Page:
Consumer shopping preferences
Personal browsing histories
Articulated personal attitudes
Specified personal behaviors
Another area of concern involves cookies and how they’re used as unique identifiers by websites. This includes first-party cookies (which are designed to delete themselves once their business purpose has been concluded) as well as third-party cookies (which don’t automatically self-delete and have the functionality to collect various types of personal data, including sensitive personal information).
Most affected organizations approach CCPA compliance not as a single step but as a process. The first part of that process often involves a shift in mindset toward the consumer, and realizing that their privacy needs matter and do carry enforceable rights.
Maintaining CCPA compliance involves upholding the various California consumers by providing them with options for how their personal data inventory is administered (including opt-in choices). It also means keeping up with any evolutionary changes in the CCPA in order to keep pace with new technology (such as biometrics) and CCPA policy revisions.
Becoming CCPA-compliant involves a set of steps that may require six months or even a year to achieve in full. Nonetheless, each plays a vital role in establishing CCPA compliance. (Since certain compliance requirements might be undertaken concurrently, steps are denoted with bullet points and not numbers.)
The first step is getting an accurate idea of what consumer data has been gathered, as well as cataloging its various locations. This would pertain to both the “exterior” consumer data collected from consumers outside the company and consumer data gathered “internally” from company employees and job applicants.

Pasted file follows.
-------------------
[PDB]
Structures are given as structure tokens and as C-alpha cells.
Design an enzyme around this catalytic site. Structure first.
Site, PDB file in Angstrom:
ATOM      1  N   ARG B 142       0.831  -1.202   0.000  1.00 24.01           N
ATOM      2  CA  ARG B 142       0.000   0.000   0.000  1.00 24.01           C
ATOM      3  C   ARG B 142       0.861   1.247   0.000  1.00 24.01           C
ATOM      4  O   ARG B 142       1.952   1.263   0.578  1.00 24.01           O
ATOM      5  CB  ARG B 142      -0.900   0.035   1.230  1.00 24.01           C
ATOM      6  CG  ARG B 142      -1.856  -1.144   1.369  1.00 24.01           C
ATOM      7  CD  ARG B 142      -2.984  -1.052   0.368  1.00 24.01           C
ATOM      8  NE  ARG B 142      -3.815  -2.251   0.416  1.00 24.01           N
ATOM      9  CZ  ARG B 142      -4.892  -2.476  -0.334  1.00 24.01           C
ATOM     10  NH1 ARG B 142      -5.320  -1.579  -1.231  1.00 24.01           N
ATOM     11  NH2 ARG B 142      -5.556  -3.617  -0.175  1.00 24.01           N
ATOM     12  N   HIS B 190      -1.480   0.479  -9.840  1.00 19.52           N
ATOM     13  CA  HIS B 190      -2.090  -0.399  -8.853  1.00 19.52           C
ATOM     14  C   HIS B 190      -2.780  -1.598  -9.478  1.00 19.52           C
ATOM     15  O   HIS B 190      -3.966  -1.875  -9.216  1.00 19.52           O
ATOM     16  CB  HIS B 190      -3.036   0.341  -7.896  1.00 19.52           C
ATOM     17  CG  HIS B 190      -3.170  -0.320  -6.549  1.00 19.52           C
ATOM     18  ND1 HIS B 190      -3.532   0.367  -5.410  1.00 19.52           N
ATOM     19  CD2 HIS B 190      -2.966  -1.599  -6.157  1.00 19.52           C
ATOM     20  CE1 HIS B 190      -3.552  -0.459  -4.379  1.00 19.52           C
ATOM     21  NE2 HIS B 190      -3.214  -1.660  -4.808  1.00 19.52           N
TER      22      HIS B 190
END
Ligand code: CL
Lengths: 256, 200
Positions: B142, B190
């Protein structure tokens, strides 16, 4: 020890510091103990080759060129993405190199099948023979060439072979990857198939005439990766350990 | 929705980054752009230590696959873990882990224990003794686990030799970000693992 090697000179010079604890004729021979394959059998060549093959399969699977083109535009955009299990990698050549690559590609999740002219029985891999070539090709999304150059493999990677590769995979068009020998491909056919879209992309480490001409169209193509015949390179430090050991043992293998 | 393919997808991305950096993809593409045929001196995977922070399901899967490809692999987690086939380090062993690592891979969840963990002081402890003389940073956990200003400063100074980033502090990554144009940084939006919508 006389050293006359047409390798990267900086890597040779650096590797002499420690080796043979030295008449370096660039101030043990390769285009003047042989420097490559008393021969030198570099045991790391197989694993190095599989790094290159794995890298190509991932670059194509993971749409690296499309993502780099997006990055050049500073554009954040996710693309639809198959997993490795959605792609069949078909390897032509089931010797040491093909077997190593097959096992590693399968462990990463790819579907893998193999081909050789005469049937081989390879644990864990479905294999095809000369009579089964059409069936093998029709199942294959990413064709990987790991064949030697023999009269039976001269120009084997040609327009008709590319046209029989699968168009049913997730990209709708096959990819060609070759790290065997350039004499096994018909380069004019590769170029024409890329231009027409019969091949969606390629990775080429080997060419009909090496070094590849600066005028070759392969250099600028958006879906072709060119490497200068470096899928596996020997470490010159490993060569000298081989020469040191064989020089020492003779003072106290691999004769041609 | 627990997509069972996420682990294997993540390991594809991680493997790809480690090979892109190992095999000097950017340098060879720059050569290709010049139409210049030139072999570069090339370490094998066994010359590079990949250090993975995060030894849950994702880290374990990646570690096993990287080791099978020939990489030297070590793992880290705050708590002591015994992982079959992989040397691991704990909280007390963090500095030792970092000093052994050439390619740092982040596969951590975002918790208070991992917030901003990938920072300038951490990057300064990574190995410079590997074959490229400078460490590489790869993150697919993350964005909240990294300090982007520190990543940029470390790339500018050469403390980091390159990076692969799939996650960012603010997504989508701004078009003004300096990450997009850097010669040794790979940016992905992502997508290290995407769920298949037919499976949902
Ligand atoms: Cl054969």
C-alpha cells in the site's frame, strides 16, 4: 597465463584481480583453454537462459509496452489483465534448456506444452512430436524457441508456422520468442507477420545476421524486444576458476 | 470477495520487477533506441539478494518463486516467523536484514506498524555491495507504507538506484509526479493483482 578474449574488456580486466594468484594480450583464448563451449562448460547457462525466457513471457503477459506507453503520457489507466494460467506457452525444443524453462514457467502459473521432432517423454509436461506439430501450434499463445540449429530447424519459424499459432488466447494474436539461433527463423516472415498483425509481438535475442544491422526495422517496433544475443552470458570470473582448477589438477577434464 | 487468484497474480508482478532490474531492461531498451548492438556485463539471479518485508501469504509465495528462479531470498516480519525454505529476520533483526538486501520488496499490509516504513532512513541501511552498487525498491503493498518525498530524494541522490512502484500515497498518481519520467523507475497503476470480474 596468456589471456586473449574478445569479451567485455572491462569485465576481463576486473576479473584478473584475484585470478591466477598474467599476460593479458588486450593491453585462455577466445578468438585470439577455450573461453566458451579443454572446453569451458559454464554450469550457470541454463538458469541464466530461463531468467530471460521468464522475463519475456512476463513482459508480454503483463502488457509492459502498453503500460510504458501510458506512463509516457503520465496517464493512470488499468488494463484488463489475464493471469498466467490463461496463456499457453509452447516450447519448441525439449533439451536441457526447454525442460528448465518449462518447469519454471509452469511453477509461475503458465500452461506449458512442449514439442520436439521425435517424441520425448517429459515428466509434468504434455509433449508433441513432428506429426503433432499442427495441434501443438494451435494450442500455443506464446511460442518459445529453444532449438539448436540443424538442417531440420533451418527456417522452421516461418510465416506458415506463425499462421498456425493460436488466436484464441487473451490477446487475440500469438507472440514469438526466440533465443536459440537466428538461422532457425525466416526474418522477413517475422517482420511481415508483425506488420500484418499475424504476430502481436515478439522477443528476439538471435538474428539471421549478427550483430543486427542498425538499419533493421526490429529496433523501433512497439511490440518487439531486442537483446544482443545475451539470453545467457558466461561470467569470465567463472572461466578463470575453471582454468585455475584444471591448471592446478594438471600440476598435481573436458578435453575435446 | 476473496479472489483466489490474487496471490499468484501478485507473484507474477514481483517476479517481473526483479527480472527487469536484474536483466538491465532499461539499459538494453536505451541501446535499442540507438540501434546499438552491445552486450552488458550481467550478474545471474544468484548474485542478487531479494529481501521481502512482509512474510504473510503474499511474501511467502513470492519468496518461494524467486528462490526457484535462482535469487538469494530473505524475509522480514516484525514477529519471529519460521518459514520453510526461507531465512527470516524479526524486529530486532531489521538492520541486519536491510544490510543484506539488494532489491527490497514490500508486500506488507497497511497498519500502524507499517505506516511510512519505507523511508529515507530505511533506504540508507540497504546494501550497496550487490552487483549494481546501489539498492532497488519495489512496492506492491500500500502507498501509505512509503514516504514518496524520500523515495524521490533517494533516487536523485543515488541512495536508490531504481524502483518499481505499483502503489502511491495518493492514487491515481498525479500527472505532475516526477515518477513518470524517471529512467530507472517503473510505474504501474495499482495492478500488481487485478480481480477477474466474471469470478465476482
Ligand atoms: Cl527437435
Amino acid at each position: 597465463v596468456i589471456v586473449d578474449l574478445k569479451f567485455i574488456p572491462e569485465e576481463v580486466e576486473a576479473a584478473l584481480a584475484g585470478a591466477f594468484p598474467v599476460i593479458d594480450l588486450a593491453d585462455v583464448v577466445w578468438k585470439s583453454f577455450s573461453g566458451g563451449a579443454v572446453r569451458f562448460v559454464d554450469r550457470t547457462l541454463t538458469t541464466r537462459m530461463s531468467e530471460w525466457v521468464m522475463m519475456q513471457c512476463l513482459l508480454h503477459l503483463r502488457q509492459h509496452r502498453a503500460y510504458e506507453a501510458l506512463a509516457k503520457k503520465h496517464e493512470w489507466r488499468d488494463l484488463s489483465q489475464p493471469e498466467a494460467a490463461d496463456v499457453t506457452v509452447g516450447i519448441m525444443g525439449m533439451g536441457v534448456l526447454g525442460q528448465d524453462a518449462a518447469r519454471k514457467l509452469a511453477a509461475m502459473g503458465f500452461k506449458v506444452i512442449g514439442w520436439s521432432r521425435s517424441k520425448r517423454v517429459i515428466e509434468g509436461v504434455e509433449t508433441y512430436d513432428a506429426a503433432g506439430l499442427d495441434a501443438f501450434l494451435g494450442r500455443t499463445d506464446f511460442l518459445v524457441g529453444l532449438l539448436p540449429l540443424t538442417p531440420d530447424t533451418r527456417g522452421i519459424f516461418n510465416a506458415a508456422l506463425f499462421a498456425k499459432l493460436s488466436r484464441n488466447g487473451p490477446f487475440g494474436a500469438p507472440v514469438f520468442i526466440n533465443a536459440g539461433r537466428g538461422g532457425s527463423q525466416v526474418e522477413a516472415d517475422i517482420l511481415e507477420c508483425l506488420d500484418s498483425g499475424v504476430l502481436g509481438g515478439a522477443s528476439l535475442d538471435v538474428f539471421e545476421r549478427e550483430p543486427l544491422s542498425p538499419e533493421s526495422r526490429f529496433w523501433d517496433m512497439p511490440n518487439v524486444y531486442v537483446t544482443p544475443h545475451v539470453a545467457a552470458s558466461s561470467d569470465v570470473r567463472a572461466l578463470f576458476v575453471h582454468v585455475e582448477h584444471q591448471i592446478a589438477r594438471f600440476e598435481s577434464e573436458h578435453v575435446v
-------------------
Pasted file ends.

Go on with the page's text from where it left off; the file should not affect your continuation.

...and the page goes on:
It’s essential to maintain secure housing for all gathered personal data, whether it comes from consumers or job applicants. There are also additional provisions related to the protection of information gathered from minors.
A “notice at collection” statement should be issued to all consumers (or even company workers and job seekers). Importantly, this privacy notice should be communicated before or at the time the data-collection activities begin—and not after they’ve already started.
It’s also important to configure an effective and timely means for handling any requests related to consumer information.
Data minimization rules should be developed and implemented to ensure that the organization collects only the minimum amount of PI necessary to achieve a given purpose. Organizations should also consider possible dangers to consumers if the collected data is breached and implement appropriate preventative measures (e.g., automatic deletion of collected data after its use).
One key aspect of achieving compliance is making sure company managers and all employees are aware of CCPA requirements, especially requirements directly impacting their scope of work. Updates can be achieved through training sessions and webinars.